Drew Holcomb heals and delights with album and tour
Drew Holcomb and the Neighbors will perform on April 11 at The Blue Note.
In 2005, Drew Holcomb released his debut album, “Washed in Blue.” A decade later, along with some Neighbors, “Medicine” strode into record stores.
In the past 10 years, Drew Holcomb and the Neighbors has crept into our ears and souls, whether it be in the form of a Dick’s Sporting Goods commercial or on the countless tours that the band embarks on. Yet, one thing is certainly true: Drew Holcomb and the Neighbors is constantly evolving.
“The songwriting is more confident and vulnerable than it used to be,” Holcomb says in an email. “We are all much better musicians than we were a decade ago, and, most importantly, we know exactly what we want our records to sound and feel like.”
You can watch Holcomb’s evolution unfold on stage on April 11 at The Blue Note to hear a variety of songs from across his catalogue.
The old soul Holcomb released “Medicine” in January. Americana through and through, this follow-up to 2013’s “Good Light” is an honest-to-god collection of heartfelt and conversational songs. Along with wife and singer Ellie Holcomb, guitarist and keyboardist Nathan Dugger and bassist Rich Brinsfield, this album offers to heal and delight.
“I guess the message behind this record is that we hope our music finds a home in people's ears and hearts,” Holcomb says. “I know for me, music has been an important medicine for all the joys and tragedies in my life, soundtracking in a way. I want this record to be the kind of record people listen to all the way through and hopefully runs them through a gamut of universal emotions.”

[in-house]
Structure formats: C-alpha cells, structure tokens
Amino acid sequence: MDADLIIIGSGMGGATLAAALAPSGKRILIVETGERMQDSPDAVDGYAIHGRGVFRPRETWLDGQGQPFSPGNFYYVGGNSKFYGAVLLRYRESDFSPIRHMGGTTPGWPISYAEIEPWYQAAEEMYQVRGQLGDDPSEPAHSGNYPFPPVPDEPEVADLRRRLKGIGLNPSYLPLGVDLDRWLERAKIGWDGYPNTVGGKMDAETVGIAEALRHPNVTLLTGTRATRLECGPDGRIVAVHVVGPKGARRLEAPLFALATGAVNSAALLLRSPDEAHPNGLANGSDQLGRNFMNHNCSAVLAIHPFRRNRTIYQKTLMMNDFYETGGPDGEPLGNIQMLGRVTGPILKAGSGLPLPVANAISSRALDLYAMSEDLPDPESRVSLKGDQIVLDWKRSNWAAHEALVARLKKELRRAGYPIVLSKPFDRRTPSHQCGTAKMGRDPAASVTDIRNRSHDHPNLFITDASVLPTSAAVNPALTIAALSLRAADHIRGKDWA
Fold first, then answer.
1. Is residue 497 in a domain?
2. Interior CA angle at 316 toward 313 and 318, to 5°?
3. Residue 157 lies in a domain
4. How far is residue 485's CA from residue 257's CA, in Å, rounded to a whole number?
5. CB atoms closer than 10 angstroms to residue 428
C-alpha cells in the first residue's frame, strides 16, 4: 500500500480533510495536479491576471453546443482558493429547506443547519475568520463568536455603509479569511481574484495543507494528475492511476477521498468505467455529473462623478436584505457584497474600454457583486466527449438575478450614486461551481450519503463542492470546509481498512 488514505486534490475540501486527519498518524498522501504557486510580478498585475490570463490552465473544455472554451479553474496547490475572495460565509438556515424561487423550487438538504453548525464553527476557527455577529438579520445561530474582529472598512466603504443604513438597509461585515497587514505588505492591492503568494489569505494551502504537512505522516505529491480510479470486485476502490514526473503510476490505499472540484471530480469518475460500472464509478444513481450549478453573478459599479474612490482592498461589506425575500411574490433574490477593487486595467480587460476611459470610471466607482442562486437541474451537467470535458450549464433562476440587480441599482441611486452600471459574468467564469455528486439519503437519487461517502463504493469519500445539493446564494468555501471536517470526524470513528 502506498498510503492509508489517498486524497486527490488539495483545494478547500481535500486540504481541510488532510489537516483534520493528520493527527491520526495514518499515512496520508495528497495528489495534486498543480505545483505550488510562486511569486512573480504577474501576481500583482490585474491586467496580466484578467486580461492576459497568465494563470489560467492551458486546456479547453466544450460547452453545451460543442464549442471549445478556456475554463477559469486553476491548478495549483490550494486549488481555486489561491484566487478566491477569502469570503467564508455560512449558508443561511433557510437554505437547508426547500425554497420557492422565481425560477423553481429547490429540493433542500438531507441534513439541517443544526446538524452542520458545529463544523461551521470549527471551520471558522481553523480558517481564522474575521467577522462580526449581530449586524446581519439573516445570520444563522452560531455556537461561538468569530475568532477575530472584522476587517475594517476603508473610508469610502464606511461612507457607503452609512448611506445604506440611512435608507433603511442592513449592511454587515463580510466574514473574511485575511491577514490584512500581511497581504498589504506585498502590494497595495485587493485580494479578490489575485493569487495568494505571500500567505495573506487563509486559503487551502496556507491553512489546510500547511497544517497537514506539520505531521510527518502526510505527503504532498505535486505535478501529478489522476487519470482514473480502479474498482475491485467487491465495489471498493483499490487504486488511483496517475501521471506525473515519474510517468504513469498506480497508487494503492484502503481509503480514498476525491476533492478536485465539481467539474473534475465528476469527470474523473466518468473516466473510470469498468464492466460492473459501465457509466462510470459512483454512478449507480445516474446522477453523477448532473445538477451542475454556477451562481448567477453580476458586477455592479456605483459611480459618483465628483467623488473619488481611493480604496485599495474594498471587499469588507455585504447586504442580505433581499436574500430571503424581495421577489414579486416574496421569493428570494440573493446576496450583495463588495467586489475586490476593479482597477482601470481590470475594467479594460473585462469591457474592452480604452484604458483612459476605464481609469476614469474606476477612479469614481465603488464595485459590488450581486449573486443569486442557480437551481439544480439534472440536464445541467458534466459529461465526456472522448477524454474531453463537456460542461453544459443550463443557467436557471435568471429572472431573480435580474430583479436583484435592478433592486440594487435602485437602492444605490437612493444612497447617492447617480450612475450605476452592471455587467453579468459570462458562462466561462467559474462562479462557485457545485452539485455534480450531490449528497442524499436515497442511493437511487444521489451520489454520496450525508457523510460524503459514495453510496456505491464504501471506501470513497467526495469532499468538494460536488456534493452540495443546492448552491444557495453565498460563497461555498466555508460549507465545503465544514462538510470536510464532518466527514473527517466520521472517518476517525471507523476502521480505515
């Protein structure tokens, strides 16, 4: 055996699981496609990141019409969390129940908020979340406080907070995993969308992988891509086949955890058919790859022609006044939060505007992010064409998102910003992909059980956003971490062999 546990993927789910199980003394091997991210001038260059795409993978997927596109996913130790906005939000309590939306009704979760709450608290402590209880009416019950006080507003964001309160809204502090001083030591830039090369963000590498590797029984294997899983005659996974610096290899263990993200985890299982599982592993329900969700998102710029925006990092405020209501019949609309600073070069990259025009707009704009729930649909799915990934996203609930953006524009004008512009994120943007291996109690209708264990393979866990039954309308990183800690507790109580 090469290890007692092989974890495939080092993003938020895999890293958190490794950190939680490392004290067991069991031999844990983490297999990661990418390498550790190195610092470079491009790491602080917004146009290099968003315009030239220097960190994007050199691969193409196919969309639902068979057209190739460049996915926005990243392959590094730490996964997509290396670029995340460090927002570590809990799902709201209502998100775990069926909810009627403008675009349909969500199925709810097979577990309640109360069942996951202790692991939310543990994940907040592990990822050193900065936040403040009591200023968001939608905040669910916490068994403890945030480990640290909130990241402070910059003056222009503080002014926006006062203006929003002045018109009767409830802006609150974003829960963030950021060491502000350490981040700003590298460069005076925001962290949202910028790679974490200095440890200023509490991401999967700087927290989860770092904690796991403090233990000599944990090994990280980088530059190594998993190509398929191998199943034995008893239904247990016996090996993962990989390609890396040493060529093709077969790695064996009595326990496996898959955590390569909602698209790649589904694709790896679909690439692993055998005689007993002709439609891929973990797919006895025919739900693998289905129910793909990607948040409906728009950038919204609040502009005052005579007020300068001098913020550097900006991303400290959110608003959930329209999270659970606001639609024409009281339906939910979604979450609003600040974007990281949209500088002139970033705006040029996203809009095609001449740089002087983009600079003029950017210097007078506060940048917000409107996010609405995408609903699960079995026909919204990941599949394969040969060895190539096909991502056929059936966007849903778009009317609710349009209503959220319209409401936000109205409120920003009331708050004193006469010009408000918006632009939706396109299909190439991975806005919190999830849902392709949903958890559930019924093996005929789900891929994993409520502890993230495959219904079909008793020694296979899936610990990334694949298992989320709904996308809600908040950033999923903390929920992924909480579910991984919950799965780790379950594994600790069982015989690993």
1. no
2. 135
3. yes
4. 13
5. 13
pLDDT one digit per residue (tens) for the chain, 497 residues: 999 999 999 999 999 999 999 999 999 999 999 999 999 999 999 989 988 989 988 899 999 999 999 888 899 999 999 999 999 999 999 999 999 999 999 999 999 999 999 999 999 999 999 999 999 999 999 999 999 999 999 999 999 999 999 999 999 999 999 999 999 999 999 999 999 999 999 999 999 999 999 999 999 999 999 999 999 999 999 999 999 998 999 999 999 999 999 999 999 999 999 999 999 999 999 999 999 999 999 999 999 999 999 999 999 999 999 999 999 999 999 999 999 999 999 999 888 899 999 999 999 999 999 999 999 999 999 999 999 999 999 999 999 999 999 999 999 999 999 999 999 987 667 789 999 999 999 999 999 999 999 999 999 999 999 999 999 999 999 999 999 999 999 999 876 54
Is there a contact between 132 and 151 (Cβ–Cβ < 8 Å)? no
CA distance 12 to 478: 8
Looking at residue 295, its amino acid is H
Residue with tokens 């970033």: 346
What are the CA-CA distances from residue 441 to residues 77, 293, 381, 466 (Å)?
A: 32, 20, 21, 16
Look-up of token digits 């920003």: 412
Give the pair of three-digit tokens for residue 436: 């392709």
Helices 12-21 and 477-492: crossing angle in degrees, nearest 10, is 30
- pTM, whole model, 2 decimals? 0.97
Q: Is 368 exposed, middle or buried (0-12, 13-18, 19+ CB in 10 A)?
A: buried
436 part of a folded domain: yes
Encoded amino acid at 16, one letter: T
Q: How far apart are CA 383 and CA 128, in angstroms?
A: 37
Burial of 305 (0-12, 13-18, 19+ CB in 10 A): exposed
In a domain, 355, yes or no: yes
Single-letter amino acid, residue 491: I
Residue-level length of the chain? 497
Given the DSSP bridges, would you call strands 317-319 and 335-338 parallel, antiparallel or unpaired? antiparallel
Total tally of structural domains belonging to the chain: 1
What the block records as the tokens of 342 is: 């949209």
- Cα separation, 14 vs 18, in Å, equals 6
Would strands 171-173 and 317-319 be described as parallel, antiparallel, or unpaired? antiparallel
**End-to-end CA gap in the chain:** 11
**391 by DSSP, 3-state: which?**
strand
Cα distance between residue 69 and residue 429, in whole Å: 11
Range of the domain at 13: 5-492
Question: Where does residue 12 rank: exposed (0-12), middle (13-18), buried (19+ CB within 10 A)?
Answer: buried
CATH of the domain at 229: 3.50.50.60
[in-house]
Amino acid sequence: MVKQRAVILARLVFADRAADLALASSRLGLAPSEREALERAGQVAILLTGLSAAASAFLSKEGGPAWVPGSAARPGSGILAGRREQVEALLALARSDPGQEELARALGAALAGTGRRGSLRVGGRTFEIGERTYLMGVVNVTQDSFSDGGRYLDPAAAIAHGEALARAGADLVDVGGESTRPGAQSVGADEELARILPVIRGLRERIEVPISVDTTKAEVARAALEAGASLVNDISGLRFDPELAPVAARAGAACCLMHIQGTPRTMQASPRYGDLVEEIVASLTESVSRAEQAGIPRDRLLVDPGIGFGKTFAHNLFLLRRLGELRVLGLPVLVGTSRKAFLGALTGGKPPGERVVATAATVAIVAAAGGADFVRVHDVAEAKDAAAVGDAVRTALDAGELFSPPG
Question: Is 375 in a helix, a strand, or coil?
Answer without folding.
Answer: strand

Over the course of 14 months, Holcomb wrote the songs for “Medicine” by listening to friends and family members talk about their lives, which “created the palette (he) painted on.” Holcomb also says that he finds inspiration from books, movies and stories the band hears from fans.
Despite Holcomb’s evolution, and perhaps partly due to it, he still clings to his Tennessee roots. Both Memphis and Nashville hold a special place in his heart. Like he says in the song named after his home state, “it’s not just geography.”
“Memphis is a grittier, more hardworking family town, and its records over the years have more of a 'warts and all' attitude that we take a lot of cues from when we record,” Holcomb says. “But the Nashville side is that we really focus on in the songs. Nashville is a music town, but really it’s a song town, and we helm close to that as well.”
In support of “Medicine,” Drew Holcomb and the Neighbors launched a nationwide tour for the next few months. Despite playing so many shows, some even back to back, the band varies the setlist each night to stay fresh and even throw in a cover occasionally.
“We usually want to take the audience up and down, not too many rock ‘n’ roll songs in a row or too many folky ballads, but they still have to transition well,” Holcomb says. “When you have a new album out, all we want to do is play the new songs, but we have to remember that people like the old ones too, so it’s a good mix. Setlist making is an art form in and of itself.”
From start to finish, Holcomb says that he expects the night to take the listener on a ride.
“It’s going to be a great night,” Holcomb says. “The opening band is Humming House, a great upbeat Americana band from Nashville. They will start the night off with a bang. Then we will come out and do our show, lots of new songs, old songs and rearranged songs. Our set is like a good roller coaster, lots of bursts of energy, but some good quiet moments too.”